Drs. Flavio Fenton and Elizabeth Cherry of the Department of Biomedical Sciences in the College of Veterinary Medicine have been awarded honorable mention in the interactive media category of the Science and Engineering Visualization Challenge created by the National Science Foundation (NSF) and the journal Science. Their winning contribution, "Cardiac Bioelectricity and Arrhythmias," has been published in a special section of the September 22, 2006 issue of Science and Science Online and on the NSF website. <more>


Janet Swanson Donates Nearly $1.5 Million to Cornell's Veterinary College - August, 2006

Maddie's Shelter Medicine Program at Cornell and the college's Wildlife Health Clinic to receive gift from Janet Swanson. <more>


Cornell College of Veterinary Medicine to Build $80 Million Animal Health Diagnostic Center - August, 2006

The Cornell University College of Veterinary Medicine has received $50 million in new capital funding from the State of New York to build a new comprehensive Animal Health Diagnostic Center at the College. This grant, supplemented by $30 million from Cornell University and other sources, will be used to fund construction of the Center. The 126,000 gross square foot Center is expected to be complete in 2010, and will replace the existing facilities, which were constructed in 1978. <more>


Dr. Robert E. Clark Former President of the Alumni Association - August, 2006

Dr. Robert E. Clark, Class of 1952 at College of Veterinary Medicine at Cornell University, active member of the New York State Veterinary Medical Society and a strong supporter of Cornell University, passed away August 7, 2006 in Ithaca, NY. <more>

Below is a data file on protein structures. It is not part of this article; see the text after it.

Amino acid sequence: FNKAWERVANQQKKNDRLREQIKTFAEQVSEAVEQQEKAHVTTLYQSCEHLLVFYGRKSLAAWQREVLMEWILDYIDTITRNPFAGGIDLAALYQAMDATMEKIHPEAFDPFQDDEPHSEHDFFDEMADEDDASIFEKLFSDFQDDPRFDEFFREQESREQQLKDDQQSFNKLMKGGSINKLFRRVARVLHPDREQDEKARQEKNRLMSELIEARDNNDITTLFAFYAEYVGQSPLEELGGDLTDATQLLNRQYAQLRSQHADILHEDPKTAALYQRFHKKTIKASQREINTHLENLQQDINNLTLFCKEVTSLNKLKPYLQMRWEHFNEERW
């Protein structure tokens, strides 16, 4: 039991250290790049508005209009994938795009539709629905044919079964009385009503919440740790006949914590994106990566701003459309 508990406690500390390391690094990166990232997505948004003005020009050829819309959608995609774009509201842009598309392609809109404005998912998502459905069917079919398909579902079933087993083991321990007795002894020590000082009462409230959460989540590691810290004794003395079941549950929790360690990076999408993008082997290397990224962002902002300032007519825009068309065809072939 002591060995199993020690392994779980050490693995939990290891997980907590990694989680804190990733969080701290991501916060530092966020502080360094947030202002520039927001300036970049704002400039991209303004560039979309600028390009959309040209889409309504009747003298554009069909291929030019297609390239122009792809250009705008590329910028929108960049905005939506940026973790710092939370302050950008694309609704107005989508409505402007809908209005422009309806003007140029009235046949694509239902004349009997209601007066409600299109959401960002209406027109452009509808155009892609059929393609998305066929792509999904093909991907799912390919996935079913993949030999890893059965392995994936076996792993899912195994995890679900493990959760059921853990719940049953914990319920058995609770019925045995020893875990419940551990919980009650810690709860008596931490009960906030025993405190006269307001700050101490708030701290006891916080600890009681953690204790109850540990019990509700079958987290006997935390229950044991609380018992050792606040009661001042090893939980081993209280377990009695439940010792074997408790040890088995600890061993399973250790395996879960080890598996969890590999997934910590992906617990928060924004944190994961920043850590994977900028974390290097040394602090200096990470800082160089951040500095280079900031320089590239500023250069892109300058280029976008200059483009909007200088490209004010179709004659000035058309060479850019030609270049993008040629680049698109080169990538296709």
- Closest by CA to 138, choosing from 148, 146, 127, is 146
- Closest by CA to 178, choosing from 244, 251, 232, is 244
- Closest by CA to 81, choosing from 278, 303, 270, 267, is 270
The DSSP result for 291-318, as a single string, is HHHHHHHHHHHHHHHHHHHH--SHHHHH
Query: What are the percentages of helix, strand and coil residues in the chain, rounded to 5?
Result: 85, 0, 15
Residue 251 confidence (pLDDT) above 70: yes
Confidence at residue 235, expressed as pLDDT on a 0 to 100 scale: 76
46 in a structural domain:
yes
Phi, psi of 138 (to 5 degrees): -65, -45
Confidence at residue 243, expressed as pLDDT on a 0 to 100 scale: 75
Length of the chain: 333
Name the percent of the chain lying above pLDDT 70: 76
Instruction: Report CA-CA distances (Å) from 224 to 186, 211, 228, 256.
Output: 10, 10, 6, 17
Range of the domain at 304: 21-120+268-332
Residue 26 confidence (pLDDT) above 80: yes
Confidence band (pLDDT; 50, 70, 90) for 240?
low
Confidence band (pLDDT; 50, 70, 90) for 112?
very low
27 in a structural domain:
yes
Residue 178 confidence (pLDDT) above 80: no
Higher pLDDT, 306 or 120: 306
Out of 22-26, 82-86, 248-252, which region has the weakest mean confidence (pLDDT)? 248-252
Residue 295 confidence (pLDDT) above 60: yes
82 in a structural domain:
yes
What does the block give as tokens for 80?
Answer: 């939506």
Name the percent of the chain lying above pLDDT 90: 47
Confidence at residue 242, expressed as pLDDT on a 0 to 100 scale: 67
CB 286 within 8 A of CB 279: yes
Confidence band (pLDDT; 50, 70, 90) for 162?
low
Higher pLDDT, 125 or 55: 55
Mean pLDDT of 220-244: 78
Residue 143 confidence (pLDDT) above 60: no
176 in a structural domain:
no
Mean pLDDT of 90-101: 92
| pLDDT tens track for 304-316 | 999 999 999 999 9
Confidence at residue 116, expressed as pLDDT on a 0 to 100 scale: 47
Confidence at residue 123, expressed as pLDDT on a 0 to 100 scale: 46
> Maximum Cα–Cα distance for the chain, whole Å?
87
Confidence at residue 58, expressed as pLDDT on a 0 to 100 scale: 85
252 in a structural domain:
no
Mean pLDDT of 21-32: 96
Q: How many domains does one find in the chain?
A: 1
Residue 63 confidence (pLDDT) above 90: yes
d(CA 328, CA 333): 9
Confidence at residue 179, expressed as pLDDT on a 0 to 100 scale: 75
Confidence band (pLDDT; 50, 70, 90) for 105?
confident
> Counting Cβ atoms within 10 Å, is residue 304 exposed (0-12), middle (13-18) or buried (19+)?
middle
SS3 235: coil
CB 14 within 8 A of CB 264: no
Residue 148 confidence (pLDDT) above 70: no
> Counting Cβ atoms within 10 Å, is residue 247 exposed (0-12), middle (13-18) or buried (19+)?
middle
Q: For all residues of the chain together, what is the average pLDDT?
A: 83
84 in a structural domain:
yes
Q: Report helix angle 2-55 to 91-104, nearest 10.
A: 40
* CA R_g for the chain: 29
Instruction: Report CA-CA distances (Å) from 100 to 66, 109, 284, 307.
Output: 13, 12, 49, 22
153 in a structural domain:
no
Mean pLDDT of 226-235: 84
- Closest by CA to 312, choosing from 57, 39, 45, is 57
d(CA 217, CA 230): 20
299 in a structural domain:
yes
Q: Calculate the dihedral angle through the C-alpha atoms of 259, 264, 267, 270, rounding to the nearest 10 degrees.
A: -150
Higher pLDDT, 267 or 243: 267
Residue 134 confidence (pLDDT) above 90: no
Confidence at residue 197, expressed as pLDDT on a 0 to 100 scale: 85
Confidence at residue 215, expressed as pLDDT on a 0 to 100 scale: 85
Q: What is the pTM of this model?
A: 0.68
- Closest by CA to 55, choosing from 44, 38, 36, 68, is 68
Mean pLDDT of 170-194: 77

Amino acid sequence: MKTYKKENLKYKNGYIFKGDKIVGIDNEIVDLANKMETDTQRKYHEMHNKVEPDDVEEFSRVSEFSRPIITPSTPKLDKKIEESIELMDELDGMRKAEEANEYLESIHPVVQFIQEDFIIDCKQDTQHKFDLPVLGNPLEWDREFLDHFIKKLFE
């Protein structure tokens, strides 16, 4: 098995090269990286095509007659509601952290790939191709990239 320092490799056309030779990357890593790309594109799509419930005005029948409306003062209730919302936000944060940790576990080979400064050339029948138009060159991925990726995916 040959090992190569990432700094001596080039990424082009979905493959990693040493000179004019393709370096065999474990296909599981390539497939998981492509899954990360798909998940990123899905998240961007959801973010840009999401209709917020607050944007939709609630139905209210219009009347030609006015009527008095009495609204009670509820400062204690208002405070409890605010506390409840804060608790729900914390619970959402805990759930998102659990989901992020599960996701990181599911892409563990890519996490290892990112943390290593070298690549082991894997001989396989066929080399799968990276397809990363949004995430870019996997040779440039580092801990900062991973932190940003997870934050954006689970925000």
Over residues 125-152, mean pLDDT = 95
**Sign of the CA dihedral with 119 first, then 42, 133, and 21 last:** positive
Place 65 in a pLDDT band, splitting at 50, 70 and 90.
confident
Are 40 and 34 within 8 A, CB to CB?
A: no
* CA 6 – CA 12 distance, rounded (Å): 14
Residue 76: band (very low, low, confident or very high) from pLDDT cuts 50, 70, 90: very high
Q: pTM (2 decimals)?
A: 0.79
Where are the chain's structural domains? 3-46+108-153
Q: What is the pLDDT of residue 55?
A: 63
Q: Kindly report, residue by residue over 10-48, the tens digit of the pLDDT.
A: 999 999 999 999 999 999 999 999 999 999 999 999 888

Deadly virus in freshwater fish is found in Northeast for the first time by Cornell researchers - June, 2006

According to experts at the Aquatic Animal Health Program at Cornell's College of Veterinary Medicine, the viral hemorrhagic septicemia virus (VHSV), which causes fatal anemia and hemorrhaging in many fish species, was discovered in upstate New York. It poses no threat to humans. <more>

The Patricia Cornwell Intensive Care Unit for the Cornell Companion Animal Hospital is dedicated - June, 2006

Cornell University Hospital for Animals at the College of Veterinary Medicine has announced the dedication of The Patricia Cornwell Intensive Care Unit for Companion Animals. A gift of $1 million by Patricia Cornwell, the award-winning author and former crime reporter, will be honored with the installation of a naming plaque on June 9, Cornwell's 50th birthday. <more>


The nation's top veterinary college gets ready for new leadership - April, 2006

Cornell University has announced that Dr. Donald F. Smith, the university's Austin O. Hooey Dean of Veterinary Medicine, will pass his leadership on to a successor at the end of his second term, concluding his successful 10-year deanship in June 2007. Smith, who was appointed by Cornell President Hunter Rawlings in April 1997, is a member of the National Academy of Practices and the first board-certified clinician to serve as dean of the College of Veterinary Medicine. <more>


Dedication of the MRI suite - April, 2006

Legendary insurance mogul Maurice R. Greenberg and his wife, Corinne, were honored at Cornell University's College of Veterinary Medicine, April 11, 2006, at the dedication of the magnetic resonance imaging (MRI) suite bearing their name. Funded by a generous donation from the Maurice and Corinne Greenberg Foundation, the suite has been operational since fall 2004. <more>


Sen. Clinton Visits the Cornell Veterinary College - March, 2006

N.Y. Sen. Hillary Rodham Clinton (D-N.Y.) visited Cornell's College of Veterinary Medicine March 3 in addition to her scheduled meeting of the Democratic Rural Conference of New York State in Statler Hall. Clinton spent Friday afternoon at Cornell's Schurmann Hall, where she heard from Vet College faculty about the animal-human interface of disease, the leading research on that topic at Cornell and ways to prevent or mitigate a pandemic or other potential public health crisis. <more>